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Earth History GEOL 2110 Lecture 9 Absolute Dating of the Earth.

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Presentation on theme: "Earth History GEOL 2110 Lecture 9 Absolute Dating of the Earth."— Presentation transcript:

1 Earth History GEOL 2110 Lecture 9 Absolute Dating of the Earth

2 Major Concepts The discovery of radioactivity in the early 1900s and the recognition that radioactive decay (a statistical event) occurs at a constant average rate for particular unstable isotopes has provided a means of determining the absolute ages of earth materials Different radioactive isotopes decay at different characteristic rates, which are portrayed as the half-life of the isotope. For the radioactive decay of unstable parent isotopes into stable daughter isotopes to provide useful ages requires that the minerals hosting these isotopes remains chemically closed. Weathering, mechanical alteration, or significant reheating can reset the apparent age.

3 Early Ideas about the Age of the Earth Genesis – 6,000 yrs Archbishop Usser (1654) 9AM, October 26, 4004 BC Buffon (1760) – 75,000 yrs Post-diluvian geologists of the mid-1800 - 100s of millions Darwin, 1859 – 300 million based on rates of erosion) requires unlimited drafts upon the bank of antiquity George Scropes (1827, geologist, political economist) Lord Kelvin (preeminent physicist) – 1846 calculated the age of the earth assuming its origin by cooling from a molten state - his estimates ranged from 400 million to 20 million The most brilliant argument is no better than its weakest assumption Prothero and Dott, p. 98

4 The Discovery of Radioactivity. Henri Becquerel (1852-1908) Marie Curie (1867-1934) Pierre Curie (1859-1906) 1896 – Reported evidence for radioactivity by showing that photographic film became exposed when adjacent to uranium minerals Came to identify two new radioactive elements – radium and polonium which came to be recognized as intermediate element formed from the radioactive decay of uranium All three won the 1903 Nobel Prize in Physics.

5 The Discovery of Radioactivity. Ernest Rutherford (1871-1937) Fredrick Soddy (1877-1956) 1902 – Rutheford and Soddy recognized that the total amount of radiation emitted from radium was proportional to the number of unstable (radioactive) isotopes present. They reasoned that the emissions must decrease (decay) in a regular fashion over time - thus was born the idea that radioactive decay could be used as a means of dating minerals.

6 The Discovery of Radioactivity Bertram Boltwood (1875 -1927) 1905 – Boltwood proved that lead (Pb) was the stable (daughter) product of uranium (U) radioactive decay 1907 – Took Rutherfords suggestion that radioactive decay in uranium-bearing minerals could be used to date the crystallization age of the mineral if the rate of decay was known. AGE = Amt of daughter Isotope (Pb) /Amt of parent isotope (U) * decay rate (10 10 yr) With the decay of U Pb being imperceptibly slow and involving intermediate unstable isotopes, he measured used the relatively fast decay rate of radium. Inaccurate, but OK first order estimate. Calculate ages ranging from 410 – 2200 Ma for 10 global samples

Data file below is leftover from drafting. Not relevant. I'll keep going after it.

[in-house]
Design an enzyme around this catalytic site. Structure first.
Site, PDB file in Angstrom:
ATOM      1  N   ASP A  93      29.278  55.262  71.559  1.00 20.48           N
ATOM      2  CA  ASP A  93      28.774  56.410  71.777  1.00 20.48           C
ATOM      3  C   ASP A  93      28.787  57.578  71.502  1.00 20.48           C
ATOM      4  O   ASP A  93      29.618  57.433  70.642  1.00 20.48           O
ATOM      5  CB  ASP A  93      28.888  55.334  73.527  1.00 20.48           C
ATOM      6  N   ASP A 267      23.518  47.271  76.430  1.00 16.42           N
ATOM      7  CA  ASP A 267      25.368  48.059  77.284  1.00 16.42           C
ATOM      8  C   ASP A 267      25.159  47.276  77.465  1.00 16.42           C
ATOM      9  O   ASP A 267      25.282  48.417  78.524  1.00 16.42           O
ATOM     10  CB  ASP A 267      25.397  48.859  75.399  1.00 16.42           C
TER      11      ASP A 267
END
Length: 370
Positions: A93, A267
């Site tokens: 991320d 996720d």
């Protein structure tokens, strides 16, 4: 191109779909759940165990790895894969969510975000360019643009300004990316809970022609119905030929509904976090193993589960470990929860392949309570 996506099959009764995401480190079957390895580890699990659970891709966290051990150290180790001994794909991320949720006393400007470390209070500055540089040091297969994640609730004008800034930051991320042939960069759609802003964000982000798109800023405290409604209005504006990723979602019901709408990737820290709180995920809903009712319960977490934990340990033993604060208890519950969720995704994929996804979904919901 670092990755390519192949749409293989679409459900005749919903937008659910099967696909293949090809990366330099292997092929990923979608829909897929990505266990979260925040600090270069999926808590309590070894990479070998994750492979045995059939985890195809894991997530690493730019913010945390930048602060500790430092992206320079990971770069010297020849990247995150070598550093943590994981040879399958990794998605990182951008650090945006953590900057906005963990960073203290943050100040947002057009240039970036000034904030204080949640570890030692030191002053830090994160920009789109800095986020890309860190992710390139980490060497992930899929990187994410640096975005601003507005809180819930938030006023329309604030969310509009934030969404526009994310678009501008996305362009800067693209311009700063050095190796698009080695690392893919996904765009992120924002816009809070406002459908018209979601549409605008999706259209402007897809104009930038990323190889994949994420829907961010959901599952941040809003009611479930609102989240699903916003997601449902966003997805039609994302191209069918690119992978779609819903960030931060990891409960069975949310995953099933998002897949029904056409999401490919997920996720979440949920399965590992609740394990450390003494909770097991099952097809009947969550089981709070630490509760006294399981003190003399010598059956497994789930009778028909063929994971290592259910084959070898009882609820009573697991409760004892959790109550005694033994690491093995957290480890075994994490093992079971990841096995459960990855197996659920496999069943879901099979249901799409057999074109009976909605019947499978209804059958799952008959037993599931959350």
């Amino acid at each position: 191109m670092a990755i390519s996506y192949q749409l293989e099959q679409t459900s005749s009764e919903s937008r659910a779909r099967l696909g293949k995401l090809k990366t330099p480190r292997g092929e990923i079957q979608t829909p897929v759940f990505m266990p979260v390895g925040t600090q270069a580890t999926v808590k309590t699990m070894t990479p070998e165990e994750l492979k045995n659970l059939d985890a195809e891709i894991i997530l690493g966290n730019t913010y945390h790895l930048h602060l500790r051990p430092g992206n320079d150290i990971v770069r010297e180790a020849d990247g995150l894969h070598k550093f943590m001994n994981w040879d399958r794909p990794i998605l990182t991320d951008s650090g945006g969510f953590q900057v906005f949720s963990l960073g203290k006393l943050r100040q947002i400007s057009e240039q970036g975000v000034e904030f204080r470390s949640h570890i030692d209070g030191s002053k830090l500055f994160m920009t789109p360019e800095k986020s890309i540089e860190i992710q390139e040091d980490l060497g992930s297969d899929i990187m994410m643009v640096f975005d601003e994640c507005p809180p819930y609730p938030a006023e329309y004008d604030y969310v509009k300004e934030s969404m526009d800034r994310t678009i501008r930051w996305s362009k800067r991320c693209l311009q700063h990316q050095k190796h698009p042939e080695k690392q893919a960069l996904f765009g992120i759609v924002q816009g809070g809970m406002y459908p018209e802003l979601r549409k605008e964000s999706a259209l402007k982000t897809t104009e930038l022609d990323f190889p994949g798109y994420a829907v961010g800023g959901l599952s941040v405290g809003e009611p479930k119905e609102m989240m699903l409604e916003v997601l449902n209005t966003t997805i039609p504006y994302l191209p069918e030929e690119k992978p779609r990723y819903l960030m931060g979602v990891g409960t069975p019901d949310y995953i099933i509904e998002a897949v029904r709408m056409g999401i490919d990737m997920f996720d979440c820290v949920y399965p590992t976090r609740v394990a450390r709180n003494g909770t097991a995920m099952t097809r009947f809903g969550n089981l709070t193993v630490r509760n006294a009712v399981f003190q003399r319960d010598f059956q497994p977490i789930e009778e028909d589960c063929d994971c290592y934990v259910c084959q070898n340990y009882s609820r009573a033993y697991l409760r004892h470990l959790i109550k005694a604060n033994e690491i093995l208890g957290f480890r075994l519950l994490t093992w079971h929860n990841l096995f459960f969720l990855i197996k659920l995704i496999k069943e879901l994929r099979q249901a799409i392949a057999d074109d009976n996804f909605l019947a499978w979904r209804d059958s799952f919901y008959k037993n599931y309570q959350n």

7 Decay of Radioactive Isotopes The chemical behavior of an atom is controlled by the number of -electrons, which is the same as the number +protons in order to maintain charge balance. The number of protons in the nucleus (atomic # ) defines the type of element the atom is. Neutrons have no charge and therefore do not affect the chemical behavior of elements. Neutrons (and protons) do have mass, however, and therefore affect atomic weight of the element

8 Decay of Radioactive Isotopes


10 Half-life – the time it takes for half of the original amount of parent isotopes to decay; shows decay to an exponential function The rate of radioactive decay is a statistical average for the entire population of parent isotopes – gives the probability that a given unstable atom will decay in a given time period. Half-lives 01234

11 Decay of Radioactive Isotopes Beta decay of Rb 87 to Sr 87

12 Isotopic Systems used in Age Dating Zircon ZrSiO 4 U substitutes for Zr, but Pb does not.

13 Isotopic Systems used in Age Dating Pb-Pb Age Dating Th 232 Pb 208 (14Ga) U 238 Pb 206 (4.5Ga) U 235 Pb 207 (0.7Ga) Pb 204 is stable, abundance constant Plotting these three ratios on Pb evolution curves yields precise ages and an internal check on closure

14 Isotopic Systems used in Age Dating C 14 Dating Half-life – 5,730 yrs Applications for: Late Pleistocene and Holocene events Archeology Dating organic material

15 Isotopic Systems used in Age Dating Fission Track Dating U 238 decay involves rare fission of the nucleus rather than alpha decay Each fission event leave a path of destruction – a track The density of tracks for a given abundance of U 238 is a function of time

16 Resetting the Isotopic Clock Blocking Temperatures Different minerals have different temperatures at which they behave as closed systems whereupon they preserve the progression of isotopic ratio evolution with time Blocking temperatures also vary by isotopic system

17 Resetting the Isotopic Clock 87 Rb 87 Sr; 86 Sr is stable Rb – chemically substitutes for K Sr – chemically substitutes for Ca 87 Rb/ 86 Sr 87 Sr/ 86 Sr Ca-plagioclase Granite whole rock K-feldspar Biotite (K-rich) t=0 87 Sr/ 86 Sr° t=1 Metamorphism at t=1 t=2 Isochron 87 Sr/ 86 Sr°(m)

18 Next Lecture Origin and Early Evolution of the Earth Part 1: Accretion and Differentiation

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